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Minerva Anestesiologica 2017 November;83(11):1190-8

DOI: 10.23736/S0375-9393.17.11802-X


lingua: Inglese

Perioperative cardiac arrest in the operating room environment: a review of the literature

Jochen HINKELBEIN 1 , Janusz ANDRES 2, Karl-Christian THIES 3, Edoardo DE ROBERTIS 4

1 Department of Anesthesiology and Intensive Care Medicine, University Hospital Cologne, Cologne, Germany; 2 Department of Anesthesiology and Intensive Therapy, Jagiellonian University, Cracow, Poland; 3 Department of Anesthesiology, University Medical Center, Greifswald, Germany; 4 Department of Neurosciences, Reproductive and Odontostomatological Sciences, “Federico II” University of Naples, Naples, Italy


INTRODUCTION: Cardiac arrest in the operating room (OR) environment is a rare but potentially catastrophic event with mortality rates of more than 50%. Contributing factors are known, and the event is generally rapidly recognized, as patients are usually under full monitoring. The nature of the cardiac arrest in the OR is different to other environments as it is not only related to the patient’s conditions but likewise to the anaesthetic and the surgical procedure. The aim of this article is to review recent literature on cardiac arrest in the immediate perioperative environment with a focus on incidence, causes and treatment.
EVIDENCE ACQUISITION: Retrospective analysis of literature published in PubMed.
EVIDENCE SYNTHESIS: Several recent retrospective registry studies have investigated the incidence of perioperative cardiac arrest; in non-cardiac surgery patients, the incidence is reported to range from 0.2 to 1.1 per 10,000 adults and from 1.4 to 4.6 per 10,000 children.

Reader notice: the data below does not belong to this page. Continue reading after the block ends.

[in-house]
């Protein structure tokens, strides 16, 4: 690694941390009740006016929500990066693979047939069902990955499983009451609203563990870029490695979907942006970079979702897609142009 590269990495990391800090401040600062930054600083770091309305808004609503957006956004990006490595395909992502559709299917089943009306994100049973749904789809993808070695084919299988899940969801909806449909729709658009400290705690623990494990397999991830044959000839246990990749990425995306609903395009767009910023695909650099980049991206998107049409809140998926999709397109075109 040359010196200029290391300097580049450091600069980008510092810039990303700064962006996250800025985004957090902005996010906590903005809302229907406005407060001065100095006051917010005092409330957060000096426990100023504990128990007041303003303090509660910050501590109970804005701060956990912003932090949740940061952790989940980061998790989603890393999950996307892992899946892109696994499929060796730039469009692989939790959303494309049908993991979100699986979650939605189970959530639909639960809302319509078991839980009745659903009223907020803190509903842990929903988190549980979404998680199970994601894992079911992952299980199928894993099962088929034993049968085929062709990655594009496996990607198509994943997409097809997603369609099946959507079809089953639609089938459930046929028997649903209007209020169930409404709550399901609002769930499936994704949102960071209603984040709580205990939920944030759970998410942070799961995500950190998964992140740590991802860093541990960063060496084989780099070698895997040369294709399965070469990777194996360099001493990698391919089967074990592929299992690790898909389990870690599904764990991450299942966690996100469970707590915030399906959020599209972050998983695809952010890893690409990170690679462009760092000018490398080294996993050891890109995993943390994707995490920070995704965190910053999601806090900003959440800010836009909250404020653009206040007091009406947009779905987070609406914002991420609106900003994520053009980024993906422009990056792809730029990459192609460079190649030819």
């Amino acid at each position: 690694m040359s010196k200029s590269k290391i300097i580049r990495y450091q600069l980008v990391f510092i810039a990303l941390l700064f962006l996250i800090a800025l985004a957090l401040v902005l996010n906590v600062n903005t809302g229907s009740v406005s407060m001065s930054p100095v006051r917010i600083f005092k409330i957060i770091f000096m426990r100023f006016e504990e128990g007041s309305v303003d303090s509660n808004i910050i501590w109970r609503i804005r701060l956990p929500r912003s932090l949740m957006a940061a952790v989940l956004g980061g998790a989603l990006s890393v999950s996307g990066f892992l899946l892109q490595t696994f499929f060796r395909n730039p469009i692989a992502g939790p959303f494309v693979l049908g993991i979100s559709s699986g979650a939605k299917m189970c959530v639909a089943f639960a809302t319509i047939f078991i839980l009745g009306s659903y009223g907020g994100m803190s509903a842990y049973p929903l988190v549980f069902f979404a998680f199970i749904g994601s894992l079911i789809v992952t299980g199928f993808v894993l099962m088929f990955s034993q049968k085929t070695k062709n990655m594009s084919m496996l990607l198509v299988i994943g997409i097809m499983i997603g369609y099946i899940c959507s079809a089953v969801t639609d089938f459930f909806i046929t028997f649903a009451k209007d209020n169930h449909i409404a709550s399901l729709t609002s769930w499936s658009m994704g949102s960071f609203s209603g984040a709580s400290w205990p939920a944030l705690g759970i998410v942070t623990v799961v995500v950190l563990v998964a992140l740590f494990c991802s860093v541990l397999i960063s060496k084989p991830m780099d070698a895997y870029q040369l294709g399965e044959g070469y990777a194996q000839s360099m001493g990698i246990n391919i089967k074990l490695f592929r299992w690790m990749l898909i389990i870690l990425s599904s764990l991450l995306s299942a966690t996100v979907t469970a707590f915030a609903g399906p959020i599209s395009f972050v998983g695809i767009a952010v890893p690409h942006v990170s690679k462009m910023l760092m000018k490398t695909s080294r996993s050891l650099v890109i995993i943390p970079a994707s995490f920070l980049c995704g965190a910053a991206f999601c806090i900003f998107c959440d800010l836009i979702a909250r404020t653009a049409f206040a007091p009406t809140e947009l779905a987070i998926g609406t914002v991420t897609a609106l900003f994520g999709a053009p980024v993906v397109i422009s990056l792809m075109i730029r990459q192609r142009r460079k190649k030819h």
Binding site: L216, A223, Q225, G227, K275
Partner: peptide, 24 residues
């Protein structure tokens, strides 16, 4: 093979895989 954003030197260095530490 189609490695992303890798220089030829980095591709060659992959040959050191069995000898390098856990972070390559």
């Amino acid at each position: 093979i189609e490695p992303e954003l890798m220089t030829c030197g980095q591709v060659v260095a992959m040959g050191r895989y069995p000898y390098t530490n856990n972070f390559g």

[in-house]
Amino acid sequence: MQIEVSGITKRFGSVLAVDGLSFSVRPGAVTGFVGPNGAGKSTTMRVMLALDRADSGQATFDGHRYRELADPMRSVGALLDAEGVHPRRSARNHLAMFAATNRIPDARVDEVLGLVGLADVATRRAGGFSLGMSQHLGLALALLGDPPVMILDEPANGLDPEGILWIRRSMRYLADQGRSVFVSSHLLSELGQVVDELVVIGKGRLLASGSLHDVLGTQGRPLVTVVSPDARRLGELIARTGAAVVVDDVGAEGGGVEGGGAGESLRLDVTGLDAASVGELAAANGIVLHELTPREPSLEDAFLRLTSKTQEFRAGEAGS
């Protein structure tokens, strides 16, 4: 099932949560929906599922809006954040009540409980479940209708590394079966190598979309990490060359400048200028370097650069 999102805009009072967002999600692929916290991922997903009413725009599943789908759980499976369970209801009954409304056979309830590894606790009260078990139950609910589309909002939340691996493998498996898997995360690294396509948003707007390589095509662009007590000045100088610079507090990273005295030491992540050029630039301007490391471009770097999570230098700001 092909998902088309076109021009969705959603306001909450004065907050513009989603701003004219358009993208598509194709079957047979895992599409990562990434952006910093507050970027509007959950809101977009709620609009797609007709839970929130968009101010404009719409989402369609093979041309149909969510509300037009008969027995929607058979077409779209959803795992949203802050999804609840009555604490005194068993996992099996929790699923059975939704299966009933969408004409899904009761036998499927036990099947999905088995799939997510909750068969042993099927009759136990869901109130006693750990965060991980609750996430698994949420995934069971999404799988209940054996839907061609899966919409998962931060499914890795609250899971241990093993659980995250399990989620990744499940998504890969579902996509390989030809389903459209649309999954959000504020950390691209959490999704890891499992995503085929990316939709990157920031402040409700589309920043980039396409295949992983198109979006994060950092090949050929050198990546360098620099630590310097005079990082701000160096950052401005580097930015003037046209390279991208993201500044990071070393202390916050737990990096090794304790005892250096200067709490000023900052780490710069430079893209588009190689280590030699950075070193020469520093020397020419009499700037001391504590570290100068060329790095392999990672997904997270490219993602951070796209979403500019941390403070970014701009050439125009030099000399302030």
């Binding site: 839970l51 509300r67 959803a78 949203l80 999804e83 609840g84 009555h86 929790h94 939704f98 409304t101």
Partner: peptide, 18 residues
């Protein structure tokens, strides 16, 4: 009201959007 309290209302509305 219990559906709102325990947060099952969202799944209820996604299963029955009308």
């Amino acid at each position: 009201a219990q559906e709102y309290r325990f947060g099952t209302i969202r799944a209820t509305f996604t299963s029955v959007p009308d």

CONCLUSIONS: Successful management of cardiac arrest during surgery and beyond requires not only individual technical skills and a well-organized team response, but also an institutional safety culture embedded in everyday practice through continuous education, training and multidisciplinary cooperation. Evidence based guidelines and standardized treatment algorithms addressing the particularities of peri-operative cardiac arrest would be helpful to facilitate training. Existing guidelines are not comprehensive enough to cover specific aspects in depth; for the future, more detailed and more explicit guidelines are required.

KEY WORDS: Operating rooms - Heart arrest - Cardiopulmonary resuscitation - Intraoperative complications - Perioperative medicine

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